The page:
Field-work is one of the best aspects of working as a Natural Environment curator at Te Papa. I get to spend about three weeks a year in the field collecting plant specimens.
I’ve recently returned from ten days field-work in the South Island, collecting samples for our research on lancewood (horoeka, Pseudopanax crassifolius) and fierce lancewood (P. ferox). This is in collaboration with Lara Shepherd from Massey University. Lancewood is a common forest tree and we are using DNA analyses to determine where it survived in New Zealand during the last glacial period. This follows our previous research on the forest fern Hooker’s spleenwort (Asplenium hookerianum), which seems to have survived throughout New Zealand, and conflicts with evidence that Metrosideros trees (rata and pohutukawa) were confined to only a few refugia.
Fierce lancewood, named for its bigger ‘teeth’ on the leaf margins, is more sparsely distributed that lancewood. Given the discontinuous distribution of fierce lancewood, we expected each population to exhibit its own diagnostic set of genetic variation. Preliminary results suggest this might be true for Auckland and Wellington populations, but, at this stage, we can’t genetically distinguish populations from the southern South Island, indicating the geographic discontinuity there is a geologically-recent phenomenon. We collected specimens to augment our existing sampling (the northern South Island, in particular, was a bit of a gap for us for both lancewood and fierce lancewood).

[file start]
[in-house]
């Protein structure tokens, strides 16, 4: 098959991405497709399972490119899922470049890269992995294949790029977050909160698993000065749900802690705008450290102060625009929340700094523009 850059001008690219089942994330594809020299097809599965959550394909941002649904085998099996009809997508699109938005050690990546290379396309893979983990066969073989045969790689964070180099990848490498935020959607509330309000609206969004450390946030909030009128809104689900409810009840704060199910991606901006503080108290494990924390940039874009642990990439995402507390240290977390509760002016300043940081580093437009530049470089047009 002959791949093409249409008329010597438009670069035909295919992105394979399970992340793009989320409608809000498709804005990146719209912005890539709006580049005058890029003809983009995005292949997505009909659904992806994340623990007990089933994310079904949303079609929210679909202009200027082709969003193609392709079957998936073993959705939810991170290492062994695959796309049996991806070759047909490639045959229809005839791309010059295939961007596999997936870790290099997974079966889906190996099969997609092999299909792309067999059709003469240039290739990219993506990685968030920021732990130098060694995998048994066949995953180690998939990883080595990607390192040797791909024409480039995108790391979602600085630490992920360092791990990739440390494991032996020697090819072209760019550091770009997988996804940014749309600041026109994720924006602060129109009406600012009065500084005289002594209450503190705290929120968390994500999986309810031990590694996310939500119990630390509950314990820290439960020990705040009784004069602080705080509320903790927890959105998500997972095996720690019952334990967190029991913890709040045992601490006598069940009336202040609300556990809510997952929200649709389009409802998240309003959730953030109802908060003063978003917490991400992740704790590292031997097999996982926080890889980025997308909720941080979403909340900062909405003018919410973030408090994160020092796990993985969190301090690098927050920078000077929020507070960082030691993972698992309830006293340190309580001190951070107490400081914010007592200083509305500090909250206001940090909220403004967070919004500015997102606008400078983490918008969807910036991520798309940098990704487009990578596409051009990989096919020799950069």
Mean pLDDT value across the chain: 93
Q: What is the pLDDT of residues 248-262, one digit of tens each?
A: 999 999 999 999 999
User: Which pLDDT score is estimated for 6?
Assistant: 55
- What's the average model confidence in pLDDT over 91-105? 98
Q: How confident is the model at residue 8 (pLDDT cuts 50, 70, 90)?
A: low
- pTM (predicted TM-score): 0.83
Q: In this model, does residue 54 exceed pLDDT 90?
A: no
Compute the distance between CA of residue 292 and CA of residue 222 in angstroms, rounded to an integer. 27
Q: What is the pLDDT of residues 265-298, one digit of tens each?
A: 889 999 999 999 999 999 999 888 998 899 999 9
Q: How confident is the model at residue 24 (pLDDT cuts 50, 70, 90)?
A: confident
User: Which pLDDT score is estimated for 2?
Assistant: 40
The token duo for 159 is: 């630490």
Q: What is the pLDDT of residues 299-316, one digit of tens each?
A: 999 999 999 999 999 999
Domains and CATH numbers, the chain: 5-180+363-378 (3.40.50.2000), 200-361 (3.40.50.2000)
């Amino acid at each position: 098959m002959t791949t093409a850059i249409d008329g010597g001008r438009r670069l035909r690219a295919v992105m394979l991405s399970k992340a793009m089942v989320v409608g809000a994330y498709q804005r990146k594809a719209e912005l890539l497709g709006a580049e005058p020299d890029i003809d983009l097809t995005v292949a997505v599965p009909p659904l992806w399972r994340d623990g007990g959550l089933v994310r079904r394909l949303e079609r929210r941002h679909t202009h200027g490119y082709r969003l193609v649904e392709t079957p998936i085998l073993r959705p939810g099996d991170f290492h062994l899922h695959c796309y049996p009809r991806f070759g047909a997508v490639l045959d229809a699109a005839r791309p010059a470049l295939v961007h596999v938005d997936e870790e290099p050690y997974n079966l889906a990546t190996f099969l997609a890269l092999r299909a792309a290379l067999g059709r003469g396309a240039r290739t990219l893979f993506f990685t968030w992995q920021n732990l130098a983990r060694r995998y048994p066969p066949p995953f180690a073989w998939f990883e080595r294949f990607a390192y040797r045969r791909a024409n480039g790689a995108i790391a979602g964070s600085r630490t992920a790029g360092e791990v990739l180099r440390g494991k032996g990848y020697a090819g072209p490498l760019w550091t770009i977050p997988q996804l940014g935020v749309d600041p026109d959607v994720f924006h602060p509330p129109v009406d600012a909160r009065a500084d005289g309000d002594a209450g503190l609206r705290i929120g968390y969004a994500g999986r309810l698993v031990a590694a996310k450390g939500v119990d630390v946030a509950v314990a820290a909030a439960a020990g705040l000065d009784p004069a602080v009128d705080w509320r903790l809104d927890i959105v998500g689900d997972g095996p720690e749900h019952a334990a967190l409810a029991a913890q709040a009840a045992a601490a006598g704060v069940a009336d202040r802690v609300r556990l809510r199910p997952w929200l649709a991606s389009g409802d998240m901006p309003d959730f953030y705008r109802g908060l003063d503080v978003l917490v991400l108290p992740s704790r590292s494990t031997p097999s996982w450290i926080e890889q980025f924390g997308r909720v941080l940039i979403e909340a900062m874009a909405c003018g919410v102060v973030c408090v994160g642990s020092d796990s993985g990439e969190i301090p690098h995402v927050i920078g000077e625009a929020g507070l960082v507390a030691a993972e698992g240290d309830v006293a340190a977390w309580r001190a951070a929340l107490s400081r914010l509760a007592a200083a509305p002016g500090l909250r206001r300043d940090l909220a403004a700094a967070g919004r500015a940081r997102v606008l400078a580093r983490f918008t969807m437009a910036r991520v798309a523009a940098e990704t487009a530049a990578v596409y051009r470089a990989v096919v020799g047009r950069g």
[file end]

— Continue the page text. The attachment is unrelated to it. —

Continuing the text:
The trip was largely successful, with the weather good and the plants cooperative (in that we could find them where they were supposed to be). We now have to process the samples in the laboratory, which isn’t nearly as much fun but still necessary if we are to address the questions we’re interested in.